Coi neighbor across the street in the red light district

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{ 5 comments… read them below or add one }

Sharon @ Fun and Life February 7, 2011 at 3:03 am

Haha I like how it’s such an elegant looking restaurant then right across it there’s Showgirls. The food looks very interesting. Fennel sorbet…that’s a new one. The crab melt and coffee cake looks good! At least you still had a good time, even if there was too much white wine 🙂

Shelley February 7, 2011 at 7:33 am

Good to know about the pronunciation- I was thinking it was like the fish as well. I’ve heard a bit about the restaurant but we’ve never been. It sounds like an experience. I love a chef’s menu and wine pairings but I agree it would get a bit monotonous if they just kept bringing glass after glass of white wine- and I like white wine! Looks like Heguiberto had an excellent Birthday!

Faith February 7, 2011 at 2:06 pm

First I have to say thank you so much for stopping by my blog and leaving that sweet comment! And I’m glad you did because it led me to your lovely blog! Great review, I really like the ambiance of this restaurant. The food looks good too — the California style crab melt in particular really caught my eye; it sounds delicious and I love the beautiful presentation!

Suma February 8, 2011 at 1:24 pm

Great and thorough review! I think the stand out beverage pairing for me was the sparkling sake- so tasty and unusual and I usually don’t like sake! However, I kindly disagree about the lack of red wine. I think when one does a wine pairing , one gives up control and lets the chef and the sommelier decide what they think is best pairing for the food. If you want red wine only, then don’t cede control to someone else (i.e. the chef and sommelier) to decide what goes best with the food. One should just order red wine only and get the sommeliers input on what red would pair best and enjoy the meal!!!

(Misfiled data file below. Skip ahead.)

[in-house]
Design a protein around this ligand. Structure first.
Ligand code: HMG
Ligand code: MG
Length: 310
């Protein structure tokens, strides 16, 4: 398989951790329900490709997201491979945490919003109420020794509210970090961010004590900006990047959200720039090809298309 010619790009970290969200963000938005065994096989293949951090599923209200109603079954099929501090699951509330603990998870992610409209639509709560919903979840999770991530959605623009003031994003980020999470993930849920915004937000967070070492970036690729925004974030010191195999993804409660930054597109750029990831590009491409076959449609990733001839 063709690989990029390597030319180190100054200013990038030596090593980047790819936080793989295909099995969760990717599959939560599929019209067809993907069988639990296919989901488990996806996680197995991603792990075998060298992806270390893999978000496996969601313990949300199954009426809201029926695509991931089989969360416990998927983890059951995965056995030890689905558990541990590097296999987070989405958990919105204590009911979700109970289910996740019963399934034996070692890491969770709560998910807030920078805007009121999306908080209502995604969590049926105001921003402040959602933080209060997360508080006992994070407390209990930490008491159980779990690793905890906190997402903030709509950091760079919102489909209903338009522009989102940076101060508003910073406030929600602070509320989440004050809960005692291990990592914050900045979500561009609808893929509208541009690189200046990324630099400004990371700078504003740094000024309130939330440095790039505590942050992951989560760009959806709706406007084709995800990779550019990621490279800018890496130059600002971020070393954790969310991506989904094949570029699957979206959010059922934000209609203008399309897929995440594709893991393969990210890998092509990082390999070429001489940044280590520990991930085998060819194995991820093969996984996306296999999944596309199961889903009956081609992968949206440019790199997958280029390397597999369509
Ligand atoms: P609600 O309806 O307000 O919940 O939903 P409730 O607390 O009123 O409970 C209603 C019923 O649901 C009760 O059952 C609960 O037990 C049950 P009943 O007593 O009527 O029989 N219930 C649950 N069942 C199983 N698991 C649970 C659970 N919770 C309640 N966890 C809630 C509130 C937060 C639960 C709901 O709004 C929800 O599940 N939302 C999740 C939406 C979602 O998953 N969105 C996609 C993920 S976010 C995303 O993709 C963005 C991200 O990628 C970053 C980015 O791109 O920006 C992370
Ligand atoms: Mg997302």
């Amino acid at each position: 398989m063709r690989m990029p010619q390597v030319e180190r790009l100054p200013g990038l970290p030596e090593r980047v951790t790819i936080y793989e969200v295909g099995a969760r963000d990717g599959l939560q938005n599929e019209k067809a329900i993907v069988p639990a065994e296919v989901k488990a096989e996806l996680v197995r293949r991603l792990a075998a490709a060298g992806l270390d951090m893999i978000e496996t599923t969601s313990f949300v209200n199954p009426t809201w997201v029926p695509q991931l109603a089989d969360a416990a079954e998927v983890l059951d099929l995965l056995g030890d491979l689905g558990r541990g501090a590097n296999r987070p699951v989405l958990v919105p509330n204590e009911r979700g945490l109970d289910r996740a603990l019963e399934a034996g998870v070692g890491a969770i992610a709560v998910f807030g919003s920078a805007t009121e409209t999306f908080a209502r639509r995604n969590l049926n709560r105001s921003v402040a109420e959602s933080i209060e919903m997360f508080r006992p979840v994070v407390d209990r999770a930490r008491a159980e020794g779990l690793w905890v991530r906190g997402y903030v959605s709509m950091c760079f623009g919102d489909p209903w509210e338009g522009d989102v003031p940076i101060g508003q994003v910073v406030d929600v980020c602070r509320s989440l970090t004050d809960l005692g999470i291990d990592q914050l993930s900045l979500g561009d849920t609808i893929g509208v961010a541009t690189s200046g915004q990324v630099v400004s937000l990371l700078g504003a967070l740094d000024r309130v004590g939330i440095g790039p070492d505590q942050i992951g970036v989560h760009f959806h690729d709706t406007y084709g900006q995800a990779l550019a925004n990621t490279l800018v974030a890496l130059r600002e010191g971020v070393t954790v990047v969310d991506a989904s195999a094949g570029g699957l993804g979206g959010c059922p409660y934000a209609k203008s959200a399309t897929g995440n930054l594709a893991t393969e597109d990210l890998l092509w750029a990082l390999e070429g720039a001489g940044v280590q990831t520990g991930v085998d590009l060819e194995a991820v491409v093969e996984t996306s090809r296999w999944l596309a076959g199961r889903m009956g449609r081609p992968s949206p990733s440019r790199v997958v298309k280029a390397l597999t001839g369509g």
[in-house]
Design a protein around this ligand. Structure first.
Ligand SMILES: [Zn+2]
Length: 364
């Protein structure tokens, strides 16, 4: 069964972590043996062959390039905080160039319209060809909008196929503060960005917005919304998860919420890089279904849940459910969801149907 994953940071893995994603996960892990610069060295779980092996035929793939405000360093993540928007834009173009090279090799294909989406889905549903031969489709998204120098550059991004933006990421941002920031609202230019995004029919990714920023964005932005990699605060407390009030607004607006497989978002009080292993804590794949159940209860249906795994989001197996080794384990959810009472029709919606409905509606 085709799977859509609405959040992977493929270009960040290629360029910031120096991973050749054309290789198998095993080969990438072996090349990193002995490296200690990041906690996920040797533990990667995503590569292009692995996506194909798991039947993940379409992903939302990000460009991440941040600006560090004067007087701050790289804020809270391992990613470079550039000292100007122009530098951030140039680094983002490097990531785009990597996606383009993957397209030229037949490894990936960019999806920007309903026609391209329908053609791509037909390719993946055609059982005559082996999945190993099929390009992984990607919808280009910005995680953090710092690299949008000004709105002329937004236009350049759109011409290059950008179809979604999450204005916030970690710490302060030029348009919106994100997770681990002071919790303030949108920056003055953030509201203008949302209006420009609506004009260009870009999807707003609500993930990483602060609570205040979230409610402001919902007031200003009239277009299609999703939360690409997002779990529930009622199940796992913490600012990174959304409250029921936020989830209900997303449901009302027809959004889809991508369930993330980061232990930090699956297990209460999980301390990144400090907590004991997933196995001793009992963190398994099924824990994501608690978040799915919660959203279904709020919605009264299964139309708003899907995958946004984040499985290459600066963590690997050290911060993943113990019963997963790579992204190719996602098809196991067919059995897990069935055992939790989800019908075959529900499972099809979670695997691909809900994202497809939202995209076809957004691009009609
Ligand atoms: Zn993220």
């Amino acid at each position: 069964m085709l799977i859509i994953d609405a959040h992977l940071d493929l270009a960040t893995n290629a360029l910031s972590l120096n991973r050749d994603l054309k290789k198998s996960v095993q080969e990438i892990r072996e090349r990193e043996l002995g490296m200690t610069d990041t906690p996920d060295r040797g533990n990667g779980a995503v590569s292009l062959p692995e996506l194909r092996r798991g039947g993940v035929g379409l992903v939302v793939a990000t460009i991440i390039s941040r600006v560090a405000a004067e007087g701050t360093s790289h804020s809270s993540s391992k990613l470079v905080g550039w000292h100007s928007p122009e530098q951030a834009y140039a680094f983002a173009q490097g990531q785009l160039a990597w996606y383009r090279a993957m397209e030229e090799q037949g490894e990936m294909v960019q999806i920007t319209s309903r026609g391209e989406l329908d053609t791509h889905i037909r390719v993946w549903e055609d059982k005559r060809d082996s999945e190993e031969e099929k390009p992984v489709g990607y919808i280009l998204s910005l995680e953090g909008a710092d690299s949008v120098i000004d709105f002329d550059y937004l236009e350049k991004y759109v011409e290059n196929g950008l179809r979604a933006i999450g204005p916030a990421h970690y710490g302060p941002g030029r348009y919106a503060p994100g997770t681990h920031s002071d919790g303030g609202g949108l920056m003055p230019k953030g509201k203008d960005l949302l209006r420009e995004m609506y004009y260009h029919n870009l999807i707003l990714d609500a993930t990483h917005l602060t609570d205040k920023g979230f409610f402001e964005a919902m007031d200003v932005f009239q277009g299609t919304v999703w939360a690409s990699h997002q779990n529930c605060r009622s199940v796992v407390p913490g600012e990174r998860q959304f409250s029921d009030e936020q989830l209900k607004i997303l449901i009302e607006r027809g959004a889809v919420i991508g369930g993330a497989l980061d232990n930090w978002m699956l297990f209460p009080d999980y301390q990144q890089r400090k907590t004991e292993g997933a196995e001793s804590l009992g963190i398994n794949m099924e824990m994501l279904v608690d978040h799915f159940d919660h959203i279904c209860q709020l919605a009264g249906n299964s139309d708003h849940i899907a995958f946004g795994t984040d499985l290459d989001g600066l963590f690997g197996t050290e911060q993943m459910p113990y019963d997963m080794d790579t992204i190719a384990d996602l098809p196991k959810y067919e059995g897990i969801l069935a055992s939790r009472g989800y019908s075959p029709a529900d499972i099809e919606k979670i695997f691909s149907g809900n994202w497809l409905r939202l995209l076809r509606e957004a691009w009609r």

I do agree that the second dish was so strong, I could have used a sock to take the seaweedy/ fishy taste out of my mouth. However, the service was immpecable and the company was the best part. Looking forward to more culinary adventures!!!

Stevie February 8, 2011 at 4:48 pm

Of course, in hind-sight, you’re completely right, Suma. The benefit of the wine-frustration experience in my mind is that it highlights a personal bias that I was always aware of but little cognizant of its ramifications. Sommeliers make me a bit anxious, too, which makes me think as a counter-suggestion that restaurants should offer wine flights in white, red or white-and-red for the shy wine-drinker that wants get a bit out of his or her comfort zone without surrendering all control 😉

The sparkling sake was divine! I wonder if we all remember it fondly because it came first, when we were most sober and excited about being at Coi? Actually that’s another point about wine samplers: after a while of drinking, it is hard to tell what you’re getting. I wanted to appreciate all the wines but my nose and taste buds were semi-off-duty by the time the eighth, ninth, etc. glass of whatever arrived at my place.